obskures.de: What is the secret or reason behind the funny or parodic undertone of the game? There are spells like Take That You Fiend (damage spell) or Poor Baby (healing spell) etc..
Ken St. Andre: I guess that’s just me. Those spell names tend to be the kinds of things you would hear people saying in such situations. If you’re striking at an enemy, then „Take that you fiend!“ is the perfect exclamation. If you’re sorry for someone who is hurt, then „Poor baby“ implying both sympathy and a certain sarcasm toward someone who got hurt (and it’s probably their own fault) is just the right thing to say. I did not look at spell names from That Other Game when inventing the first spells for T & T. I simply imagined names that had both a descriptive and a comedic element to them. Later on, we came up with the story of the Wizard Wars that wracked Trollworld for hundreds of years and left the common people greatly afraid of any magic-users. To set the people’s fears at rest, the wizards did such things as changing spell names to more humorous versions–one doesn’t really fear the things that one can laugh at. But, mainly the spell names are the way they are because I always try to see the funny side of situations, and the funny spell names just seemed like a good way in injecting some humor into magic.
obskures.de: There are no Clerics or Priests in T & T. Ok, there were some rules for Priests and Acolytes in the long gone Sorcerer’s Apprentice magazine (# 17). But why there are no divine forces in the rules?
Ken St. Andre: There are no special rules for clerics and priests in T & T simply because I’m not a very religious person. Sure, there are such things as priests on Trollworld, just like there are blacksmiths and sailors and apothecaries and spoiled noblemen and courtesans, but it didn’t seem to me that we had any need to make them into special character types. A priest could be a wizard, a rogue, a citizen, or even a warrior. The fact that she worships Nook-Nook the Fish God doesn’t really matter to the play of the game.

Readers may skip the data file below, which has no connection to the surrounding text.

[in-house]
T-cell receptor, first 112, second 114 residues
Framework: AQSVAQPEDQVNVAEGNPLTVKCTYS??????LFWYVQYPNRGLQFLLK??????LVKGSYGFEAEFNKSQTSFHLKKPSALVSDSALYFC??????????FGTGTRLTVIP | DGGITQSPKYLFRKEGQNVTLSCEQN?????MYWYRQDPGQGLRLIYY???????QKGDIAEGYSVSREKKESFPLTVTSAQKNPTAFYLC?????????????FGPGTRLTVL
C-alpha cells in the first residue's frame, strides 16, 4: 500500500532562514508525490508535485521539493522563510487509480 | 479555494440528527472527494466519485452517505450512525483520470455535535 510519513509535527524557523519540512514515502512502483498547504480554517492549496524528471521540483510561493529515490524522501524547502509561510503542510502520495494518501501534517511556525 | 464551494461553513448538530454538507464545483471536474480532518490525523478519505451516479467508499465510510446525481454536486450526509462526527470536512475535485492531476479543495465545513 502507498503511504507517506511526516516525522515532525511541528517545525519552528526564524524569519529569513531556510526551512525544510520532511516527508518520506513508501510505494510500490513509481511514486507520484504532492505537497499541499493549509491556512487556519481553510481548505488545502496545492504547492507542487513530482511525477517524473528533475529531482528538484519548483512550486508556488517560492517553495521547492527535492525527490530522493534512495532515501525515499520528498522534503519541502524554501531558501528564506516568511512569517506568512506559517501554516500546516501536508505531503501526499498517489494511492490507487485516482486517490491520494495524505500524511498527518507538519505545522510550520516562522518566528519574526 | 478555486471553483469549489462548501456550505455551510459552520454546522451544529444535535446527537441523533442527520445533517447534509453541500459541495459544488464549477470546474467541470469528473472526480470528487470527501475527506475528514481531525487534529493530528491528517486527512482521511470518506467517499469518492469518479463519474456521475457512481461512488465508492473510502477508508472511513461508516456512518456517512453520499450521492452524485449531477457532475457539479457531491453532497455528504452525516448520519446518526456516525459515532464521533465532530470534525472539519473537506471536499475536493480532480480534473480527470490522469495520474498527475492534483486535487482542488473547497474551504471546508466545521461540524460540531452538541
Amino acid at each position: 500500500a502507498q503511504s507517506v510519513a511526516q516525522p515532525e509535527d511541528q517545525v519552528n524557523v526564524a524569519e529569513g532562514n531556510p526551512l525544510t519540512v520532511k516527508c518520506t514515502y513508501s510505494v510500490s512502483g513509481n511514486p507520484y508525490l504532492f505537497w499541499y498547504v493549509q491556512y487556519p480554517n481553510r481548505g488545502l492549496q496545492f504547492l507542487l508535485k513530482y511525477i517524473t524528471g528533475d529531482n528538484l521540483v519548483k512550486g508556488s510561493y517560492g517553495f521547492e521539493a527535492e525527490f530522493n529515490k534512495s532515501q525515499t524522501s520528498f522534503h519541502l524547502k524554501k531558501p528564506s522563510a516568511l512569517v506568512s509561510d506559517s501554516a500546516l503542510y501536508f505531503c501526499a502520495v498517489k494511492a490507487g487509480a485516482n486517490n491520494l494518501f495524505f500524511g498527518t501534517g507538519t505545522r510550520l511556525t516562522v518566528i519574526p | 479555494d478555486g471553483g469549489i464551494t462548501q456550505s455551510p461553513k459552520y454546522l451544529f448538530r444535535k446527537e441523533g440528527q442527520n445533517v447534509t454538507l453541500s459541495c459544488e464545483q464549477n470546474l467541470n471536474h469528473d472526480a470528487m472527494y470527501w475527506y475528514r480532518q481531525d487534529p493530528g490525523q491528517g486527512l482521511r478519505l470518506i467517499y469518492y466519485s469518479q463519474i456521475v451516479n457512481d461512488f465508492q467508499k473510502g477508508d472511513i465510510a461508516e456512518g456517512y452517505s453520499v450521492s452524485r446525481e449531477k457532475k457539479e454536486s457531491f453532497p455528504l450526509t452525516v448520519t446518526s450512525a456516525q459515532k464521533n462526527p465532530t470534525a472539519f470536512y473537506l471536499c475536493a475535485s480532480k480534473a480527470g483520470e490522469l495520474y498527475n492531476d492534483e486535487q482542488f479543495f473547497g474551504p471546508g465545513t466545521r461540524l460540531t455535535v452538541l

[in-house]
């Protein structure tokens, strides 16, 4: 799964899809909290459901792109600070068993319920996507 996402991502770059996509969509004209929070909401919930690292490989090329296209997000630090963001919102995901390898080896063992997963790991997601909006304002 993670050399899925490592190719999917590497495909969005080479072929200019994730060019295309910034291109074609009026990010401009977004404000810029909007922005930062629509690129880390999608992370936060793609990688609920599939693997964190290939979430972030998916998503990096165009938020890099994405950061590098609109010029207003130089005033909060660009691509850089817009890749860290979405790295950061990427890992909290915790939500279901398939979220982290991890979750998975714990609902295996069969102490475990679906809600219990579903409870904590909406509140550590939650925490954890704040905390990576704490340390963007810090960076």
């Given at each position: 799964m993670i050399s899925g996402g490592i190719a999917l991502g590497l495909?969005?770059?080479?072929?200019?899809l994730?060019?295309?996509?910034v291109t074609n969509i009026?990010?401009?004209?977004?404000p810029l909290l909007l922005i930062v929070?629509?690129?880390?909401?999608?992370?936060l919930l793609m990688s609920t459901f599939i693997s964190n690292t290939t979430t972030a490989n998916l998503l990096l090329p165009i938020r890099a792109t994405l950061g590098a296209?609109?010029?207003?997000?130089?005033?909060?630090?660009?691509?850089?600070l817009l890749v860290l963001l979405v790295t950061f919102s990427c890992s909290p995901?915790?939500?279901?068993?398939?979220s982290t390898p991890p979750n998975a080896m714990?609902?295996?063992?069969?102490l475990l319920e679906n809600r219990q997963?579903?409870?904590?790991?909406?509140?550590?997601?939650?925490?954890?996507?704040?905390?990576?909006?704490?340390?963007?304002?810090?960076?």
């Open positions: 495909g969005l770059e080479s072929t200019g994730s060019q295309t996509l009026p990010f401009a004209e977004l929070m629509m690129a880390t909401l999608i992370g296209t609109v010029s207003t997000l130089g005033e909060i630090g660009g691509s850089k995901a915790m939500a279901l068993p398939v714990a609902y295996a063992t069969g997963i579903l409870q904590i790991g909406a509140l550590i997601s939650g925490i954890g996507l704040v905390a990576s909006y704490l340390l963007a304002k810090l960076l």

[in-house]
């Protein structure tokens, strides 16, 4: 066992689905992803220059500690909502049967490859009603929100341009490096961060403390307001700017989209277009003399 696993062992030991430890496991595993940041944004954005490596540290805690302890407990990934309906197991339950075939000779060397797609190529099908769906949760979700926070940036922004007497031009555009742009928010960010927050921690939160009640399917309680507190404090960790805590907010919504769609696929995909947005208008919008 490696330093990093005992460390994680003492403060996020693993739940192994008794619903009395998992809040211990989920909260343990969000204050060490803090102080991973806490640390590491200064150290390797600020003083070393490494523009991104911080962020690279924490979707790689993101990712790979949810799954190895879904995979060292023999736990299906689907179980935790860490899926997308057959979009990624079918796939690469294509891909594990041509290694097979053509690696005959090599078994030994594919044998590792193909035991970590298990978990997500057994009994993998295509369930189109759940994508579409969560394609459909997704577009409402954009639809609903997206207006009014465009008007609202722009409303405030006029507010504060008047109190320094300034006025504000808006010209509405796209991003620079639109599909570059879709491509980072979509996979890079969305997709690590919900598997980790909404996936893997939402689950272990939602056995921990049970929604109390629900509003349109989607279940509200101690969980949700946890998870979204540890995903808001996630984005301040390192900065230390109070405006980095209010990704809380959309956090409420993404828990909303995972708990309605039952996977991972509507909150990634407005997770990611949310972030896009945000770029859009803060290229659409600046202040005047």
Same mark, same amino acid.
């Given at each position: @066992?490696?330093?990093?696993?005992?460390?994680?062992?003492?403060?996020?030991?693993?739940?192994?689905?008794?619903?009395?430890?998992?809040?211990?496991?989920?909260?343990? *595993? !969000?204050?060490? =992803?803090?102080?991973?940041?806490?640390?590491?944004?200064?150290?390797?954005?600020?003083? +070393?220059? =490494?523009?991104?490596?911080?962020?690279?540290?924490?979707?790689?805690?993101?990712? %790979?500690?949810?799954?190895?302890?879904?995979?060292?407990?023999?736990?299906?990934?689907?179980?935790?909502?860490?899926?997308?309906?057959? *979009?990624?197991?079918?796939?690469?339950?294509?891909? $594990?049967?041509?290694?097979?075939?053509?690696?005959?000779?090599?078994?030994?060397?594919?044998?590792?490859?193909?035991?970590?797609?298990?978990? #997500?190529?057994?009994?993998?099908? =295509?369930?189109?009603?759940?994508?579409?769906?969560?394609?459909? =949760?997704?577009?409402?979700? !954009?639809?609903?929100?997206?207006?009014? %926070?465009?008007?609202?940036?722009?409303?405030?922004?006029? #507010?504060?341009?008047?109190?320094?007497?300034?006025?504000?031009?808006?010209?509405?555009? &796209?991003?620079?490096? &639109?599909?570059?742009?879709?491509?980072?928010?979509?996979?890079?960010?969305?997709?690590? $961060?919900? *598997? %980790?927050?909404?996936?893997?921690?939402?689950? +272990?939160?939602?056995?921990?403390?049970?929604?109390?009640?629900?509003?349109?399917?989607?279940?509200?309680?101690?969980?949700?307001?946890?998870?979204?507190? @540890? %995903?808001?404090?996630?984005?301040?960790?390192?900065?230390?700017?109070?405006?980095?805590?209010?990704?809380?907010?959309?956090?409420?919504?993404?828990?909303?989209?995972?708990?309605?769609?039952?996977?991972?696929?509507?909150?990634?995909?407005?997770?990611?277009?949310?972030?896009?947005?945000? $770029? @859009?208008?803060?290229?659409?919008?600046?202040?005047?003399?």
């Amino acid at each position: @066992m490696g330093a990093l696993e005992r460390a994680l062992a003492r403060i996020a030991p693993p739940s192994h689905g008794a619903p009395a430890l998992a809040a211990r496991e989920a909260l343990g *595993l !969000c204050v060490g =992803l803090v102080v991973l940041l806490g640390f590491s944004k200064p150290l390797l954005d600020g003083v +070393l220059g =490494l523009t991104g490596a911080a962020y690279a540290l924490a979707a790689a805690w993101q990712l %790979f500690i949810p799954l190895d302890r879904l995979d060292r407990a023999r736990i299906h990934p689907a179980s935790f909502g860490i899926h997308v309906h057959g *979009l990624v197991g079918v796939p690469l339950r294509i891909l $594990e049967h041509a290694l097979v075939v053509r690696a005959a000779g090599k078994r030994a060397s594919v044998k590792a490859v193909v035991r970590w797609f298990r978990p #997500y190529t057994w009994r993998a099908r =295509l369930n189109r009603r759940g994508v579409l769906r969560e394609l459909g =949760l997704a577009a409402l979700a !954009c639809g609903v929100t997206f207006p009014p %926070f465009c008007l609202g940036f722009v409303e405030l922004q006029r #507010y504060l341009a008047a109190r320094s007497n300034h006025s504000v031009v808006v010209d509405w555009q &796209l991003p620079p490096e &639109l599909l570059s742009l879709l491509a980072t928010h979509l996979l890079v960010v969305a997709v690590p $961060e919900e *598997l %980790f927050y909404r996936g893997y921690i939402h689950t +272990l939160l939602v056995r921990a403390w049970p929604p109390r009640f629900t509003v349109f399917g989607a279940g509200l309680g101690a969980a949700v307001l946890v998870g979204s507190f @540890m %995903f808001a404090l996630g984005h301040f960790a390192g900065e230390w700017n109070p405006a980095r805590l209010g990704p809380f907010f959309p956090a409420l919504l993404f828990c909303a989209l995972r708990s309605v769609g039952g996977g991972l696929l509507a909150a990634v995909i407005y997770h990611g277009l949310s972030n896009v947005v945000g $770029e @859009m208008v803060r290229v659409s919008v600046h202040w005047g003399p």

obskures.de: Your game is very deadly compared to other RPGs and Magic is extremely powerful (or marvelous) in Tunnels & Trolls – even for low levels characters. How do you deal with this deadly force.
Non-Spellcasters seem to have no chance against magic. Not everybody has a high wizardry (Kremm). We house-ruled some kind of saving rolls.
Ken St. Andre: You know, that’s just the way it is in any real world. Some people don’t have much chance against other people who have superior knowledge, skills, weapons. I wouldn’t last 5 seconds against a skilled wrestler if I had to fight one. In 7th edition I made a rule saying no one could cast spells directly on another being that had a higher WIZ attribute, but a lot of people don’t like that rule, so it will become optional. It is also possible to protect against magic by wearing certain wards and talismans. All a character has to do is acquire them somehow.
obskures.de: I think one of the strength of T & T is the simplicity of the rules and the openness for house rules. Did you design it this way or is this more or less coincidence?
Ken St. Andre: In the beginning I did not sit down and say I’m going to design a game that is simpler than That Other Game. I just designed a game that made sense to me, because That Other One didn’t. After that things just evolved and continue to evolve.
obskures.de: Some people claim you said in the 1970s about Dungeons & Dragons: „What a GREAT idea, and what a LOUSY execution!“. What did you mean and what do you think about the game and whole hobby (industry) now?
Ken St. Andre: Yes, I really said that back then, and I have repeated it many times since then. I now realize that Dungeons & Dragons evolved from Miniatures play, and makes perfect sense when thought of as a kind of variant of tactical miniature gaming. Tunnels and Trolls did not evolve from that. It came from by desire to play through heroic fantasy adventures in a storytelling fashion. I still think T & T is more about storytelling and less about tactical wargaming.